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English Lesson 20: Correct Use of Colons

August 16th, 2008

colon-usage.jpgAlthough most of the lessons in our English usage series thus far have focused on homonyms and homophones, after doing some keyword research earlier today I discovered that many of you have been searching for information on the correct usage of different kinds of punctuation marks. The correct use of apostrophes is one of the most popular, but since I have already covered this, we will move on to the next most popular in terms of search volume, which is “correct use of colon.”

It turns out that the colon actually has a significant number of uses, which I will describe below followed by an example of each. Afterward, I will briefly deal with other uses of the word colon that do not involve its use as a punctuation mark. The purpose of this is to clear up any confusion that readers may have about the word, also known as disambiguation.

  • Deductive: the colon is placed before a logical consequence or effect that is deduced from something that happened before.
    1. After losing hundreds of dollars on AdWords, the newbie affiliate marketer finally realized his mistake: he was setting the bid amounts far too high in the beginning without doing the proper tracking to find out which keywords were actually converting into sales.
  • Descriptive: the colon introduces items in a series or elements of a set.
    1. To carry out war, three things are necessary: money, money, and still more money. (Gian Giacomo Trivulzio, 1499)
  • Appositive: A colon can be placed in between a noun and its appositive, a word or group of words that describes or renames the noun.
    1. One way to build a list is to use the ever-popular squeeze page: a simple opt-in form that displays some enticing text, collects a visitor’s name and email address, and usually includes a privacy policy stating that this information will not be shared with any third parties.
  • Segmentation: The colon can introduce a direct speech or quote without actually using quotation marks.
    1. Albert Einstein once pointed out the significance of saving money: the most powerful force in the universe is compound interest.
  • Introducing definitions:
    1. Libertarian: a person who believes in minimizing the use of force by governments while maximizing the freedom of individuals.
  • Separation of titles and subtitles in movies, video games, and other such productions:
    1. Because of Akella’s unbelievable incompetence, the PC game Age of Pirates has been satirically renamed by forum members as Age of Bugs: Caribbean Bugtales.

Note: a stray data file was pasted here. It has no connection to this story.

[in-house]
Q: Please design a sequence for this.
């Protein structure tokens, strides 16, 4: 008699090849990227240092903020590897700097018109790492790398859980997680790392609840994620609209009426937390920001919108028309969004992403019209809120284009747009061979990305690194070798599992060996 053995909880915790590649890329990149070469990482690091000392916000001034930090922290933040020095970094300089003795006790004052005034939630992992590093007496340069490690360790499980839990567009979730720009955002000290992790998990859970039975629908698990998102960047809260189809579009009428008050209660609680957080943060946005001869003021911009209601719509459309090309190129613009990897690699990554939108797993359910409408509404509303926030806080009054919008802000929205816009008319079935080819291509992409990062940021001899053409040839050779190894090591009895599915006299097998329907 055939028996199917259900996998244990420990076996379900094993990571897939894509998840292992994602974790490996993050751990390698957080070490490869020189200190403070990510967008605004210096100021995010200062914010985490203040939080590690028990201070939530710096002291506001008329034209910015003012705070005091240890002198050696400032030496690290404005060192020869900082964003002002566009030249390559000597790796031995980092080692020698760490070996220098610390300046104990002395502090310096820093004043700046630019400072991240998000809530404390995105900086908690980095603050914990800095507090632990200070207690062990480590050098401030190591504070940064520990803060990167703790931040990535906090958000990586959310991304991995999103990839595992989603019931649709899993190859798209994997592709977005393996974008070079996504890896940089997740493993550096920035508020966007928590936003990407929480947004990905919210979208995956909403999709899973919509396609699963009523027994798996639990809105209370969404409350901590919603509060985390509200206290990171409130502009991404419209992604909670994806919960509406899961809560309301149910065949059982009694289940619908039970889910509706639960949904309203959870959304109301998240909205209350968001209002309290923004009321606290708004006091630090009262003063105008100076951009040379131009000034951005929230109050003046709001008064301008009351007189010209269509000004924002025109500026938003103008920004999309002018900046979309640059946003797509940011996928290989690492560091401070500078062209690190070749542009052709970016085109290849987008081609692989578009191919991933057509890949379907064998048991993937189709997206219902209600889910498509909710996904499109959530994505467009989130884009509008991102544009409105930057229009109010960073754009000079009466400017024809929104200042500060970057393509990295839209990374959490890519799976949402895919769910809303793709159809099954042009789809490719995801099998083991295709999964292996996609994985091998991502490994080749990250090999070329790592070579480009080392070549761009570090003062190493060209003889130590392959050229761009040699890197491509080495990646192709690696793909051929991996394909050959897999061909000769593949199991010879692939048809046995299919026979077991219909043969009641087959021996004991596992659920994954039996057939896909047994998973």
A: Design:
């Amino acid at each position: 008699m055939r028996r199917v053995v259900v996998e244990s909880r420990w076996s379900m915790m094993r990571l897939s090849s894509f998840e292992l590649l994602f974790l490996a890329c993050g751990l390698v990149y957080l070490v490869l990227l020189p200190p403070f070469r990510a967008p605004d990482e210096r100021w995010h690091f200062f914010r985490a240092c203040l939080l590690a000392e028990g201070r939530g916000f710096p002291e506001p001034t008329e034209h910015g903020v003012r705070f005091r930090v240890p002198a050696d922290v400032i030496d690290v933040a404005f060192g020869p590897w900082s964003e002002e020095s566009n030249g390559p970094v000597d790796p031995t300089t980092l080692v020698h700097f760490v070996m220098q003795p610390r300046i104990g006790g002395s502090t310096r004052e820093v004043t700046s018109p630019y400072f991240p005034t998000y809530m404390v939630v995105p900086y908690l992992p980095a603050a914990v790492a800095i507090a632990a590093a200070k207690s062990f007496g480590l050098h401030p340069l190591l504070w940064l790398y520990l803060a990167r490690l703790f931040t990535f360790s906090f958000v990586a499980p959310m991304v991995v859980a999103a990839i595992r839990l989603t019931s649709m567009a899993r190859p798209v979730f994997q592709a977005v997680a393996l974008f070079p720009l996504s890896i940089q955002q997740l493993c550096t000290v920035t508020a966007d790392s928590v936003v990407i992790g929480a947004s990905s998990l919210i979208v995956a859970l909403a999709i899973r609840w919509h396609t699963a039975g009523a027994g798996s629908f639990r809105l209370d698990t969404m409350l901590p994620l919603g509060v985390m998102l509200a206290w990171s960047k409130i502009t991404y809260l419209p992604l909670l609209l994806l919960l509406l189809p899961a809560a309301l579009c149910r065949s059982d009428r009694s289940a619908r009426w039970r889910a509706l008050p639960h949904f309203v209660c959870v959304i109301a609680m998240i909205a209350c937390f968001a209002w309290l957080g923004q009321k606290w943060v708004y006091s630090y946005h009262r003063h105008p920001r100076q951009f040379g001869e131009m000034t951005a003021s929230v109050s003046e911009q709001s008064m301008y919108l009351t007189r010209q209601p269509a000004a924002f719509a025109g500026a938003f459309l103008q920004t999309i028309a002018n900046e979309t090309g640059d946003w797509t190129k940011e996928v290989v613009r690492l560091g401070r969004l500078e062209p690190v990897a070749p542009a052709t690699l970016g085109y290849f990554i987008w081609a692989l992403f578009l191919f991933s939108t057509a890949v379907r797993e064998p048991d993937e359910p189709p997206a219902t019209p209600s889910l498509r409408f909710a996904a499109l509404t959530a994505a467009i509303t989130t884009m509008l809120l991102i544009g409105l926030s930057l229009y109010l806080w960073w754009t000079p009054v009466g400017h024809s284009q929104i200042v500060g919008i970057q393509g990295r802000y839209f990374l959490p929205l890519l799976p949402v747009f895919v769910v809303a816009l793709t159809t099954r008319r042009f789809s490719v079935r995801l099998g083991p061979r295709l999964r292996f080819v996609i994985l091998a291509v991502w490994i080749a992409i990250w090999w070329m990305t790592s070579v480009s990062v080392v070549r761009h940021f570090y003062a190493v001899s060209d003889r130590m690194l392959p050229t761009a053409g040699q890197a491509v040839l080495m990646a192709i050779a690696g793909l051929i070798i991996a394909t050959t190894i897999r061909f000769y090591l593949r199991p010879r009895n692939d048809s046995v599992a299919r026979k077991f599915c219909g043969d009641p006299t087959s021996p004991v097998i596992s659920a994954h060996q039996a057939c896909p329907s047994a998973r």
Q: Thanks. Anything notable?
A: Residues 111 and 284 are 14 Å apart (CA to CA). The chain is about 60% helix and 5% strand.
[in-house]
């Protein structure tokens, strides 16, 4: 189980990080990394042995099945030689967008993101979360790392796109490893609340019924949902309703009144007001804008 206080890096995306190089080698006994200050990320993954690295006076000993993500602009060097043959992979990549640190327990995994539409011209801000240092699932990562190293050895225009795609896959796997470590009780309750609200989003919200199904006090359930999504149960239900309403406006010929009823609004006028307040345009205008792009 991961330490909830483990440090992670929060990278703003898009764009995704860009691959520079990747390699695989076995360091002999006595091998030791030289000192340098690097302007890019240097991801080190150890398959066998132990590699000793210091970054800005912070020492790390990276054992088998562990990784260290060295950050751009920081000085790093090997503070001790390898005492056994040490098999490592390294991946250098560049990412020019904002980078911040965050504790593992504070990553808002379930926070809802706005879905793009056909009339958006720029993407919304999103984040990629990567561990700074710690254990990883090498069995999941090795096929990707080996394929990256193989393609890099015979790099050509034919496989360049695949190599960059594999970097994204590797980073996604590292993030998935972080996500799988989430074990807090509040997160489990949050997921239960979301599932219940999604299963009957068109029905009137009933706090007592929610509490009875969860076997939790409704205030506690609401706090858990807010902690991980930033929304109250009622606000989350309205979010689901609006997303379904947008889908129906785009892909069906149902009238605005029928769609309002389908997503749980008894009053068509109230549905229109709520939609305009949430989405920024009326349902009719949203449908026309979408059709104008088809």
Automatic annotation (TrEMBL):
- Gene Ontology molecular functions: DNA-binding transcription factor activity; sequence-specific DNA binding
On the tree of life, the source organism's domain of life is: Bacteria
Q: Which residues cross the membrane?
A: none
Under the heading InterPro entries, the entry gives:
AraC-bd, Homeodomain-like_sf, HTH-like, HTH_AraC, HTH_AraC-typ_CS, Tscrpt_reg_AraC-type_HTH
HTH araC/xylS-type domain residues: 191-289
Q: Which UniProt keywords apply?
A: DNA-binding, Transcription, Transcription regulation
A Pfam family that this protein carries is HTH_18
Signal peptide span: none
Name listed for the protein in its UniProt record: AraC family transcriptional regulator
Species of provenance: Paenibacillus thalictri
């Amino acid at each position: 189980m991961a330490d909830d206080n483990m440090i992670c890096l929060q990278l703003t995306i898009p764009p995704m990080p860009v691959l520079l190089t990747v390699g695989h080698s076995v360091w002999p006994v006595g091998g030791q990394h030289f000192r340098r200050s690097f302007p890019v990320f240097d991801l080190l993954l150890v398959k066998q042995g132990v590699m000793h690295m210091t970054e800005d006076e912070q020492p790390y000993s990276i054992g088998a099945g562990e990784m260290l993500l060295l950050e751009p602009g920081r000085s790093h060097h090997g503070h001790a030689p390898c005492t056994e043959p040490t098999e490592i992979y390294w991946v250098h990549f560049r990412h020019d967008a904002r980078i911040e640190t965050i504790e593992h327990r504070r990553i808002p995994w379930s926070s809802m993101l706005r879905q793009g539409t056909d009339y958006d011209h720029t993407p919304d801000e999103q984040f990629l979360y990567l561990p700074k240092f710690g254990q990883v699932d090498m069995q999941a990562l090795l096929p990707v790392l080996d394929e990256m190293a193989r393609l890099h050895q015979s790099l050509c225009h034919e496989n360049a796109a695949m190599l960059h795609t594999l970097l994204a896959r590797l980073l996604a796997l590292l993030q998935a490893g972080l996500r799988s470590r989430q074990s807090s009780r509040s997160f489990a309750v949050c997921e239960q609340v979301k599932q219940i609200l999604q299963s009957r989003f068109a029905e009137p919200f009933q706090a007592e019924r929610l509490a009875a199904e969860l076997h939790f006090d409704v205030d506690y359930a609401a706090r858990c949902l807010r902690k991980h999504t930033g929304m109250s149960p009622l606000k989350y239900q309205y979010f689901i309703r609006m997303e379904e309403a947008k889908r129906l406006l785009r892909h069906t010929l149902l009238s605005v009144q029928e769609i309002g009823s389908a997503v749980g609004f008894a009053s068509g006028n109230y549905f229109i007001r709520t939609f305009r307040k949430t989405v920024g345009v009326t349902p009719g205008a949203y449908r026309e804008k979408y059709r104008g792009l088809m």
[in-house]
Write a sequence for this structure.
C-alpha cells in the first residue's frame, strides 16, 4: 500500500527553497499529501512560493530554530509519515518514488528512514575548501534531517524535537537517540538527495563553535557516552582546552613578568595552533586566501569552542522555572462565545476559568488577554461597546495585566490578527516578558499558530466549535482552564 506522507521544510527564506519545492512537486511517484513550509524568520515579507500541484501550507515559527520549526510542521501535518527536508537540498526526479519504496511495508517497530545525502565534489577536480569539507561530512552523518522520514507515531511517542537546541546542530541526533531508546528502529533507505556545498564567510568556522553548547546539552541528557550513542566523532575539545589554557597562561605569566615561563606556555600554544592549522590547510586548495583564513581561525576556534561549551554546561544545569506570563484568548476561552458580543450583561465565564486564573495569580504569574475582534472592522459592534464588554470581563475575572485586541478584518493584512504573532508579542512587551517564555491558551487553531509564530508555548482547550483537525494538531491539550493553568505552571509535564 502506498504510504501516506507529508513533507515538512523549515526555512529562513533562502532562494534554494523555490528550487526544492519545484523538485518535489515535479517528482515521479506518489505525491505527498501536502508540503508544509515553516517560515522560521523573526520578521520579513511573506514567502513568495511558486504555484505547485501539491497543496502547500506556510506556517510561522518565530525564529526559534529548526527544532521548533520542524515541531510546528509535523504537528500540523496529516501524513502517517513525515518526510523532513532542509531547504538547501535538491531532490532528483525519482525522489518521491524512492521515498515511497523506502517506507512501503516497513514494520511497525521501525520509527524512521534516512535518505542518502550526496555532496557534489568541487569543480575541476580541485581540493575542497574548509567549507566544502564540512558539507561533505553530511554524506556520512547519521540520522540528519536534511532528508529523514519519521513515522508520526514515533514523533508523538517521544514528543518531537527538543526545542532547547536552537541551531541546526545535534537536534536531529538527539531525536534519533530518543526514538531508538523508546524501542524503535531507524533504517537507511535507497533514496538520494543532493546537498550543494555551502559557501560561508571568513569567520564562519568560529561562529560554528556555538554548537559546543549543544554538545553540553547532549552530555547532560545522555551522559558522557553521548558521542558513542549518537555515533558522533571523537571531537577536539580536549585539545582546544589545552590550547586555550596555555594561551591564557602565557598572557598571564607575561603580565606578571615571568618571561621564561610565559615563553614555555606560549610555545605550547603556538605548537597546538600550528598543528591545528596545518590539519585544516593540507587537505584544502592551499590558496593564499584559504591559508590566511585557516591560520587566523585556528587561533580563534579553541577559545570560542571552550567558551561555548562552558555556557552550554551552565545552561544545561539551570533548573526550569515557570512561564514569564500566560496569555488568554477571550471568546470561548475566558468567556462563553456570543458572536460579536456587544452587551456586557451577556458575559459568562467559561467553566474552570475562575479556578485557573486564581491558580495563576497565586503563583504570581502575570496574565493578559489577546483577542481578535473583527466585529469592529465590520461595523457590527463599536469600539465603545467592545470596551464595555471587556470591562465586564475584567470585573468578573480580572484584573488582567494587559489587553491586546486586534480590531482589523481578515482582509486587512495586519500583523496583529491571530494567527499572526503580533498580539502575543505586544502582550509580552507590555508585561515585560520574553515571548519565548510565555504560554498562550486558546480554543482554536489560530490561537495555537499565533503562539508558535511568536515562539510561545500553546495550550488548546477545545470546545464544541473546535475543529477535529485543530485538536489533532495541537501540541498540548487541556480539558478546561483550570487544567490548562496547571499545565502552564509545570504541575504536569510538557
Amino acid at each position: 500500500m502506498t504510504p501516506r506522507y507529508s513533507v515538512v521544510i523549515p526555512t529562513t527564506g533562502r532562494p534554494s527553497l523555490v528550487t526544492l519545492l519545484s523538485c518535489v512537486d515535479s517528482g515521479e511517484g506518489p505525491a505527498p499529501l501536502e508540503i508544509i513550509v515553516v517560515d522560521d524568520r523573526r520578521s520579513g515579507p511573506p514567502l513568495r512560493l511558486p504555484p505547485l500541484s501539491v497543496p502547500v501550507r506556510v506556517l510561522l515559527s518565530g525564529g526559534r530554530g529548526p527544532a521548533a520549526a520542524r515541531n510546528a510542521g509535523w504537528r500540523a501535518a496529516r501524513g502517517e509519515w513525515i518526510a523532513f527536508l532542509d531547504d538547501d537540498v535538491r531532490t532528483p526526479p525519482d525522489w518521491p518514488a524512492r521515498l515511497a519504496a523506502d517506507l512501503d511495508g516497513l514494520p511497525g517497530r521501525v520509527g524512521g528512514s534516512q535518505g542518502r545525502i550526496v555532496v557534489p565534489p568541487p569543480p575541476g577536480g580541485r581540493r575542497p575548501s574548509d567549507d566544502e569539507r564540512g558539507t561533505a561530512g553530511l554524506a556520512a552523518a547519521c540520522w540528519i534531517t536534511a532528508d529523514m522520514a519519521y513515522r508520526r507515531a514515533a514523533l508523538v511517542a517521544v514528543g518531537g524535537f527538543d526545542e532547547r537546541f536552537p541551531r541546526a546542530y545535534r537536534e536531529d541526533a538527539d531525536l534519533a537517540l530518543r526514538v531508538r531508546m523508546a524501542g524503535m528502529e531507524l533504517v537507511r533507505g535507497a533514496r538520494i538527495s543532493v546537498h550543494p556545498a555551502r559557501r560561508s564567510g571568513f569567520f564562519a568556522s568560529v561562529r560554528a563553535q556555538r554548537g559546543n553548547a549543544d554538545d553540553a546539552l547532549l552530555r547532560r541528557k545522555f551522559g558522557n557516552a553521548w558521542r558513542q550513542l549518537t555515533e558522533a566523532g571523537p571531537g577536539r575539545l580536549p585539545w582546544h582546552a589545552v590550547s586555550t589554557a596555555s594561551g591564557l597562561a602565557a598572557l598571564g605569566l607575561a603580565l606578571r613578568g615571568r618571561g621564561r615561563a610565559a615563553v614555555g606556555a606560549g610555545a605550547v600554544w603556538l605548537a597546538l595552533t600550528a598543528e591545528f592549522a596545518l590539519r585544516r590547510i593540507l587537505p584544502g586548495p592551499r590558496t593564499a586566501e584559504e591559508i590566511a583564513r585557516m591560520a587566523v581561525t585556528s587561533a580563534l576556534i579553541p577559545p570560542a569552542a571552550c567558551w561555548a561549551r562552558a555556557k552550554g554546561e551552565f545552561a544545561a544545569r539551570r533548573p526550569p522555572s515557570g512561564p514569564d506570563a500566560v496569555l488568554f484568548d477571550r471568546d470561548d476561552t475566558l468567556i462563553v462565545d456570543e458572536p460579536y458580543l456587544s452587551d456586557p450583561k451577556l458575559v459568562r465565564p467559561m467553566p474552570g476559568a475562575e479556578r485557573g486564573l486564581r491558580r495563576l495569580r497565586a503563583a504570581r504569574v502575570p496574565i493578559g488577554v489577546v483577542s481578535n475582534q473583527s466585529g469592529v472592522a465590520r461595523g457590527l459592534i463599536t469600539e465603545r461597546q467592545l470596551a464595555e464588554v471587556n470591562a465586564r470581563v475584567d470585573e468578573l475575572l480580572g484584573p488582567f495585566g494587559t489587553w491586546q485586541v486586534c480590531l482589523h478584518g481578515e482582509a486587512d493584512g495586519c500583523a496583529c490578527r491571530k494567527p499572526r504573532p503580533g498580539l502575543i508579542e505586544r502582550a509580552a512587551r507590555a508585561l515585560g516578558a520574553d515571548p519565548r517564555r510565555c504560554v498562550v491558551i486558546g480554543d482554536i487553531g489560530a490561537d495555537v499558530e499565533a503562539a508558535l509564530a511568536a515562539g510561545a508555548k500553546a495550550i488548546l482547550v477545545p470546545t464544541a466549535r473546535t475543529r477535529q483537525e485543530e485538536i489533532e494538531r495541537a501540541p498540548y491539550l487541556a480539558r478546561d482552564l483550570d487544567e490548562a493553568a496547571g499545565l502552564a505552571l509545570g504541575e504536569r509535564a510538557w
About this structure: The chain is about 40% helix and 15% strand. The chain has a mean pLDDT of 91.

• When writing the time of day, a colon is often used to separate the hours and minutes. A second colon may be used to separate the minutes and seconds if the latter item is included.
    1. The time 5:00 p.m. would be written as 17:00 in the 24-hour format.
  • Separation of chapter and verse numbers in religious texts such as the Bible or Quran:
    1. John 3:16
    2. Sura 5:18
  • In a formal letter, colons are used after the introductory greeting:
    1. Dear Sir or Madam:
      We regret to inform you that your application to our affiliate program has been rejected.
  • In a memo or e-mail, colons are used after the introductory fields that are placed before the body text:
    1. From:
    2. To:
    3. Date:
    4. Subject:
  • In mathematics, a colon is placed between two numbers to indicate a ratio. A similar usage of the colon occurs in cartography and model building where it is used between two number to indicate scaling.
    1. Traffic exchanges usually allow free members to earn credits at a ratio of around 2:1, which means that for every two pages you view in the rotator, you will receive one visit back to your site.
    2. If a model kit has a scale of 50:1 printed on the package, this means that the actual object is 50 times larger than the model will be after it has been assembled.
  • In Internet chat jargon, colons may be combined with other symbols to form emoticons:
    1. If a colon is placed directly before a right parenthesis symbol, this indicates a smile. In WordPress blogs such as this one, this syntax is automatically converted into a smiley face icon like this: :)

Grammatically, the important rule to remember is that whatever you write before the colon is supposed to be an independent clause, meaning that it should be able to stand on its own as a complete sentence. If it does not, then you can either reword the sentence so that you have an independent clause before the colon or simply replace the colon with another punctuation mark such as a comma.

In terms of style and syntax, in modern usage a single space is placed after the colon but no spaces before it. This replaces the older convention of placing two spaces after colons and periods, which is what I was originally taught in typing class. After computers, the Internet, and word processors replaced typewriters, the second space became unnecessary.

Other meanings of colon:

  • A part of the anatomy comprised of the large intestine. It is advisable to avoid developing cancer here if at all possible.
  • A unit of currency in the countries of Costa Rica (CRC) and El Salvador (SVC).
  • A city in the countries of Panama and Cuba (actually spelled Col√≥n).

3 Responses to “English Lesson 20: Correct Use of Colons”

  1. comment number 1 by: Grace

    Which is correct in using a colon in these examples:

    Organized by:

    1234 ABC Rd.
    Los Angeles, CA 00000


    Organized by

    1234 ABC Rd.
    Los Angeles, CA 00000

  2. comment number 2 by: Karlonia


    I would use the example that includes the colon. You’re effectively introducing a list with the name and address information, so it makes sense to use the colon in this case.

  3. comment number 3 by: Grace

    Thanks a lot! I was right all along.

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